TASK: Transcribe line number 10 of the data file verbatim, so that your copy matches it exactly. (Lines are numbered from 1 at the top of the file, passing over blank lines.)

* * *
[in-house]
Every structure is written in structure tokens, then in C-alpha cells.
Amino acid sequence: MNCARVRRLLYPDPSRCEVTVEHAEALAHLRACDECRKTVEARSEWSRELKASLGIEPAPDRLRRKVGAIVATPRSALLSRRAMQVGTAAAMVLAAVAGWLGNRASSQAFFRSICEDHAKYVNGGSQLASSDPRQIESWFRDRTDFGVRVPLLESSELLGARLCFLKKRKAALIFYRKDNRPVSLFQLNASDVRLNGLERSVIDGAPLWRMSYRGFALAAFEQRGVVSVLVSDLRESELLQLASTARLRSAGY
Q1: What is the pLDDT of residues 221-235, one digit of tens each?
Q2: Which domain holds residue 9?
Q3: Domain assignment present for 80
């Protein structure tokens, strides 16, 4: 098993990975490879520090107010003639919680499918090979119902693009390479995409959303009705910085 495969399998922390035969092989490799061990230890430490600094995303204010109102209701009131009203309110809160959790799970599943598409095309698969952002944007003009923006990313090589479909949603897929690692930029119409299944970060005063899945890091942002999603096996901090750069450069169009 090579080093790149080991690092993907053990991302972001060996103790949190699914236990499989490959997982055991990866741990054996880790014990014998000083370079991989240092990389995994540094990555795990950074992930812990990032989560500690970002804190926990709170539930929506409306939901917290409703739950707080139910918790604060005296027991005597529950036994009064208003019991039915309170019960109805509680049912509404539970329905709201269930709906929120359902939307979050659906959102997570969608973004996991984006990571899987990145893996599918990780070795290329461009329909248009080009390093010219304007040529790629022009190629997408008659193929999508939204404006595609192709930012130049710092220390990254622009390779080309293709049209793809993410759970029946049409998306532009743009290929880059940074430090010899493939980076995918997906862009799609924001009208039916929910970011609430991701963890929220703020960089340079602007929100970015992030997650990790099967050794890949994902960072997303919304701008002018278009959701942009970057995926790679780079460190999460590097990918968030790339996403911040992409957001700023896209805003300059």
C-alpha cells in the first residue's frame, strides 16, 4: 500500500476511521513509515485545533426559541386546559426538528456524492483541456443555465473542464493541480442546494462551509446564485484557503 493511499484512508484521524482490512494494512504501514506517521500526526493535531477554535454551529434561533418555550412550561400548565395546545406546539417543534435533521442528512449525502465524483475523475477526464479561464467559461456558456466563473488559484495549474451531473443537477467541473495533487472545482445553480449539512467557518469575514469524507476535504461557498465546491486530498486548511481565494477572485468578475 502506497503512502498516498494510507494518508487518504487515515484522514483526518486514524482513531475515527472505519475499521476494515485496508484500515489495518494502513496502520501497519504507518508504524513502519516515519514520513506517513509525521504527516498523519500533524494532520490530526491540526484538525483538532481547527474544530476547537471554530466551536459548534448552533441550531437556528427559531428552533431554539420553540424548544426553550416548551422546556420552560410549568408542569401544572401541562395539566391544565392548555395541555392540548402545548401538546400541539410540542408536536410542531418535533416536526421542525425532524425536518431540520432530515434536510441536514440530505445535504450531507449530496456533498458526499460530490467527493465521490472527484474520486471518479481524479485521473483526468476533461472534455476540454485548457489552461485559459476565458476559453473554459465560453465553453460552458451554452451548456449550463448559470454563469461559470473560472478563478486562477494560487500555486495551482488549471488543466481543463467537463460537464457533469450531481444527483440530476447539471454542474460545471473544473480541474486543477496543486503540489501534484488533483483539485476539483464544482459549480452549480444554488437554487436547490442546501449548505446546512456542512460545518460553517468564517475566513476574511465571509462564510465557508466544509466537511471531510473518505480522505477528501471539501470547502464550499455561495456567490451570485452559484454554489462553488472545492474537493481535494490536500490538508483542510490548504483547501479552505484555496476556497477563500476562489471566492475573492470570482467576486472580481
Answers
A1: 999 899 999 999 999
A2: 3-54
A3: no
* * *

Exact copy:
A1: 999 899 999 999 999